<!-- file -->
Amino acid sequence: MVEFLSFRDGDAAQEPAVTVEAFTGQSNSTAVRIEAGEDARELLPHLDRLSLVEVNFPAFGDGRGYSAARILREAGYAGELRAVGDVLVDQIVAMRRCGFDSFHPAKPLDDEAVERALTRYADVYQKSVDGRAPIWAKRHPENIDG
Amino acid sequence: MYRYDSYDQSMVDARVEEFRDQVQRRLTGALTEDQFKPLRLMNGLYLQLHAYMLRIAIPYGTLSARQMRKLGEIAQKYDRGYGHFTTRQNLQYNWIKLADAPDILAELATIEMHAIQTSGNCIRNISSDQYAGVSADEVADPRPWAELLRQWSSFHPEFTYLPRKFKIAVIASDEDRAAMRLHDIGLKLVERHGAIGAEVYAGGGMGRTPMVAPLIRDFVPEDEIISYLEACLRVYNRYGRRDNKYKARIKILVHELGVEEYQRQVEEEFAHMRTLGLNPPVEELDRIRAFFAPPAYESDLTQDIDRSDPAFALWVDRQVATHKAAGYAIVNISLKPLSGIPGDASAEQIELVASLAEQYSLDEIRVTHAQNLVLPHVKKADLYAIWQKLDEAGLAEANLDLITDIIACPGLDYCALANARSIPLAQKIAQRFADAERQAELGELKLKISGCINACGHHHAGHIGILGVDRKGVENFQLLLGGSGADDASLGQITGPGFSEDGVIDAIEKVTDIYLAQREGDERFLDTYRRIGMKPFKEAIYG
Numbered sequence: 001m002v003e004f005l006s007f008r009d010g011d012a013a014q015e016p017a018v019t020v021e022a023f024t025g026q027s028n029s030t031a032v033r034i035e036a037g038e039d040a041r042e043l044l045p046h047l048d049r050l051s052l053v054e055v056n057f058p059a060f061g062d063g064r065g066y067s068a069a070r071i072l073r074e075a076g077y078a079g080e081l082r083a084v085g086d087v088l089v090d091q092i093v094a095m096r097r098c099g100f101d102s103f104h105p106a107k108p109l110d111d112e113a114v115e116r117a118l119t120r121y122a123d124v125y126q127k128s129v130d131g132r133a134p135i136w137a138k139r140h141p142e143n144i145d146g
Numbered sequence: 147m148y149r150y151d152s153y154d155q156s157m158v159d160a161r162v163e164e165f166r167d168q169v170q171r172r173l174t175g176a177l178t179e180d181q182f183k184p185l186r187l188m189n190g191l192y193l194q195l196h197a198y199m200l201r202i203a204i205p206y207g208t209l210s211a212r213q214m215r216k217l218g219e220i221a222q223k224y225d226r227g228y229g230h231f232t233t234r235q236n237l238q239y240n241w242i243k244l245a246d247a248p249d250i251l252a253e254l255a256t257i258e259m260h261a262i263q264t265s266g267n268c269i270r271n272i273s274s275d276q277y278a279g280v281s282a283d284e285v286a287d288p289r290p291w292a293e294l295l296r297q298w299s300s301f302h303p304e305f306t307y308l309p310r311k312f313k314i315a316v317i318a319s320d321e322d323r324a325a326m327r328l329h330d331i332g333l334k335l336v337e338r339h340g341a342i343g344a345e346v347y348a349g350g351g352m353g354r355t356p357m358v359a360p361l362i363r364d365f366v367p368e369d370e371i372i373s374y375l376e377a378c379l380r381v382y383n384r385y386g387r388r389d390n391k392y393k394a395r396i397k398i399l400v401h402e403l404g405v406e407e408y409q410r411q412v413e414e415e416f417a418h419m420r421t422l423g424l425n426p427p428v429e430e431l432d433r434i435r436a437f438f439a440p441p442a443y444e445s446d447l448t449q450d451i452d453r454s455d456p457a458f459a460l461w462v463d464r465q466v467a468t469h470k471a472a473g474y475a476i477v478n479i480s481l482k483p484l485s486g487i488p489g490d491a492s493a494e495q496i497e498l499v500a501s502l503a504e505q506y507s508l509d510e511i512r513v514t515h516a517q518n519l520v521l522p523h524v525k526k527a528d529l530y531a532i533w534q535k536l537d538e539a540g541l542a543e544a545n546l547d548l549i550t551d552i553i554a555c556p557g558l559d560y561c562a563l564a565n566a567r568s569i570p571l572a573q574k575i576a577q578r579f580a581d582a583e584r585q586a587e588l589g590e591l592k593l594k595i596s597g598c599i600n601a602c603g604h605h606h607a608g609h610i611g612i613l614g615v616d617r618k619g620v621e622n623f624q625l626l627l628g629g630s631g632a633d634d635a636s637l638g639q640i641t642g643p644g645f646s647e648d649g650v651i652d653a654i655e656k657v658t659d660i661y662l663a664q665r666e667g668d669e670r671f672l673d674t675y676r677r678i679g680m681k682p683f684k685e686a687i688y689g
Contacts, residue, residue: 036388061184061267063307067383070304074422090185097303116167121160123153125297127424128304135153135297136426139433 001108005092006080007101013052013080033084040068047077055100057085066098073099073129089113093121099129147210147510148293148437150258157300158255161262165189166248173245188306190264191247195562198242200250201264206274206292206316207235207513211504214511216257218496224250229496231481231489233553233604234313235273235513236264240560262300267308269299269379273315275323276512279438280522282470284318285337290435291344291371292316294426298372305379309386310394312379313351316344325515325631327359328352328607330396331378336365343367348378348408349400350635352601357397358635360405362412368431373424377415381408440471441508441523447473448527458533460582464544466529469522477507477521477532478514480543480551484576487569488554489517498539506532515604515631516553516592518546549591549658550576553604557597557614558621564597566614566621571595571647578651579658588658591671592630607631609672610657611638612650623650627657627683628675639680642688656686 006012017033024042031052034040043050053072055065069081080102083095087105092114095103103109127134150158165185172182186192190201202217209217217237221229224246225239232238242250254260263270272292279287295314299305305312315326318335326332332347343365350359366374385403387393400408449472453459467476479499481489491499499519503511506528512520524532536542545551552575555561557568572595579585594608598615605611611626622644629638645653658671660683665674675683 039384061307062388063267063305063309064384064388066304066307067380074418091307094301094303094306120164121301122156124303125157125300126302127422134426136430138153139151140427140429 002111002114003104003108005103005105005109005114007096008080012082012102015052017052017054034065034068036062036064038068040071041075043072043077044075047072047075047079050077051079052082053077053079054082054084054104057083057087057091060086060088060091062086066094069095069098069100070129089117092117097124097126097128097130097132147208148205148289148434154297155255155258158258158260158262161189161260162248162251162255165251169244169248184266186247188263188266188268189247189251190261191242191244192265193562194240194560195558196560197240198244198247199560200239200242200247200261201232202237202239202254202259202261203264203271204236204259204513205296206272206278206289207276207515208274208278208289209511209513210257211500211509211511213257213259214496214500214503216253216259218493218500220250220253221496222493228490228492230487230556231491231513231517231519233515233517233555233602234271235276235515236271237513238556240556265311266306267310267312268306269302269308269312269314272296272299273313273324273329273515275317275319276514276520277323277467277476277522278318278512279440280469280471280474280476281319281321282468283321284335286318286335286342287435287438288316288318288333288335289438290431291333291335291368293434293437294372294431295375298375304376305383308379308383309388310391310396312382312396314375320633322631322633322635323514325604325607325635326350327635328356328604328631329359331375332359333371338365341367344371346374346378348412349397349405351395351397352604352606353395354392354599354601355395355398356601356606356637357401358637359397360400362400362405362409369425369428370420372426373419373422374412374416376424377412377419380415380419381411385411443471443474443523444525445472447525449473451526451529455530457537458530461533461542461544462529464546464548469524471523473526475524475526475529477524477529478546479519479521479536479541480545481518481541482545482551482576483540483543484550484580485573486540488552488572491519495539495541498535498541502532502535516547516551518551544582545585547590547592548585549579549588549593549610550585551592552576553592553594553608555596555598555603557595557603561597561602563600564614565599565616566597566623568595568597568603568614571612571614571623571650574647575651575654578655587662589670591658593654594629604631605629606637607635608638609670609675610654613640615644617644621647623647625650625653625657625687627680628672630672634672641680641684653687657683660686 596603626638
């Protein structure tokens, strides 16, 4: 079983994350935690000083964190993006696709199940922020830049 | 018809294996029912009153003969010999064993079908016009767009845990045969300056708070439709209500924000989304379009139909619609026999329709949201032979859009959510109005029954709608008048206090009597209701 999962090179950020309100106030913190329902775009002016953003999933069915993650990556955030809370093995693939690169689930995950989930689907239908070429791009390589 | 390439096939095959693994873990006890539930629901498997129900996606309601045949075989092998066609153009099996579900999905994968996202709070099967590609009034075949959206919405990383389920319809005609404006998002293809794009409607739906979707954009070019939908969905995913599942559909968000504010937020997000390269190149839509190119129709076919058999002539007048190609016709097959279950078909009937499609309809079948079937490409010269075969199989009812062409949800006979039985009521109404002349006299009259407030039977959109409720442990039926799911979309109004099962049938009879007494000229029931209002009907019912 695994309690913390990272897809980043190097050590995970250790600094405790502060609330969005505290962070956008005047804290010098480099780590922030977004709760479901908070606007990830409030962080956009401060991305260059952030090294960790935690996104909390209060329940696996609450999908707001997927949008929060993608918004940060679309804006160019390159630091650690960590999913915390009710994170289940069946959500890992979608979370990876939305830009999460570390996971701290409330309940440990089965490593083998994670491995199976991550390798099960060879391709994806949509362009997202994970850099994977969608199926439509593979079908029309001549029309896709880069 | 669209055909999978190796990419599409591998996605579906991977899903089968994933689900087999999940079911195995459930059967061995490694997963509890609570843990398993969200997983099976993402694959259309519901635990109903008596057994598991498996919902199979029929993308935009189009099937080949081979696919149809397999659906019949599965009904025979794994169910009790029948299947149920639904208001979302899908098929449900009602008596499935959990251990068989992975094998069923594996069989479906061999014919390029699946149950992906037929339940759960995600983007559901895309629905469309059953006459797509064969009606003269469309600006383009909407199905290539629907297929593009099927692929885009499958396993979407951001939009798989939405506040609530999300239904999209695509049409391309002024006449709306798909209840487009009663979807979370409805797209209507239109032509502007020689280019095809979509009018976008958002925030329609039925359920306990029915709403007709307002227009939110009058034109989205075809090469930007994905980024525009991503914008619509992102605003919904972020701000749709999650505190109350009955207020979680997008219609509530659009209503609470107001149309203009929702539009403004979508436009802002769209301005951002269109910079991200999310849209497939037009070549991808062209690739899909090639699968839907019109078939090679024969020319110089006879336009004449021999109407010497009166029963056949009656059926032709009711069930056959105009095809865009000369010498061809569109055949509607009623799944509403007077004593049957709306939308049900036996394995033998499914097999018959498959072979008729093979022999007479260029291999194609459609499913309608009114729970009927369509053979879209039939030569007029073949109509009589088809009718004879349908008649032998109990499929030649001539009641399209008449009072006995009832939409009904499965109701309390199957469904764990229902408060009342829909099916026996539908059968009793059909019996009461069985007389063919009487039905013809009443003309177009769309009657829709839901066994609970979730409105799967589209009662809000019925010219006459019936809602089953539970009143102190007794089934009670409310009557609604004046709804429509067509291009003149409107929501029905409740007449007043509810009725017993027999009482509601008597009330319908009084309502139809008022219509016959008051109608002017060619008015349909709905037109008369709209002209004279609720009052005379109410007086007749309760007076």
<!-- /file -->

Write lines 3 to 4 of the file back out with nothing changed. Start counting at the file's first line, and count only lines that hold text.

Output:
Numbered sequence: 001m002v003e004f005l006s007f008r009d010g011d012a013a014q015e016p017a018v019t020v021e022a023f024t025g026q027s028n029s030t031a032v033r034i035e036a037g038e039d040a041r042e043l044l045p046h047l048d049r050l051s052l053v054e055v056n057f058p059a060f061g062d063g064r065g066y067s068a069a070r071i072l073r074e075a076g077y078a079g080e081l082r083a084v085g086d087v088l089v090d091q092i093v094a095m096r097r098c099g100f101d102s103f104h105p106a107k108p109l110d111d112e113a114v115e116r117a118l119t120r121y122a123d124v125y126q127k128s129v130d131g132r133a134p135i136w137a138k139r140h141p142e143n144i145d146g
Numbered sequence: 147m148y149r150y151d152s153y154d155q156s157m158v159d160a161r162v163e164e165f166r167d168q169v170q171r172r173l174t175g176a177l178t179e180d181q182f183k184p185l186r187l188m189n190g191l192y193l194q195l196h197a198y199m200l201r202i203a204i205p206y207g208t209l210s211a212r213q214m215r216k217l218g219e220i221a222q223k224y225d226r227g228y229g230h231f232t233t234r235q236n237l238q239y240n241w242i243k244l245a246d247a248p249d250i251l252a253e254l255a256t257i258e259m260h261a262i263q264t265s266g267n268c269i270r271n272i273s274s275d276q277y278a279g280v281s282a283d284e285v286a287d288p289r290p291w292a293e294l295l296r297q298w299s300s301f302h303p304e305f306t307y308l309p310r311k312f313k314i315a316v317i318a319s320d321e322d323r324a325a326m327r328l329h330d331i332g333l334k335l336v337e338r339h340g341a342i343g344a345e346v347y348a349g350g351g352m353g354r355t356p357m358v359a360p361l362i363r364d365f366v367p368e369d370e371i372i373s374y375l376e377a378c379l380r381v382y383n384r385y386g387r388r389d390n391k392y393k394a395r396i397k398i399l400v401h402e403l404g405v406e407e408y409q410r411q412v413e414e415e416f417a418h419m420r421t422l423g424l425n426p427p428v429e430e431l432d433r434i435r436a437f438f439a440p441p442a443y444e445s446d447l448t449q450d451i452d453r454s455d456p457a458f459a460l461w462v463d464r465q466v467a468t469h470k471a472a473g474y475a476i477v478n479i480s481l482k483p484l485s486g487i488p489g490d491a492s493a494e495q496i497e498l499v500a501s502l503a504e505q506y507s508l509d510e511i512r513v514t515h516a517q518n519l520v521l522p523h524v525k526k527a528d529l530y531a532i533w534q535k536l537d538e539a540g541l542a543e544a545n546l547d548l549i550t551d552i553i554a555c556p557g558l559d560y561c562a563l564a565n566a567r568s569i570p571l572a573q574k575i576a577q578r579f580a581d582a583e584r585q586a587e588l589g590e591l592k593l594k595i596s597g598c599i600n601a602c603g604h605h606h607a608g609h610i611g612i613l614g615v616d617r618k619g620v621e622n623f624q625l626l627l628g629g630s631g632a633d634d635a636s637l638g639q640i641t642g643p644g645f646s647e648d649g650v651i652d653a654i655e656k657v658t659d660i661y662l663a664q665r666e667g668d669e670r671f672l673d674t675y676r677r678i679g680m681k682p683f684k685e686a687i688y689g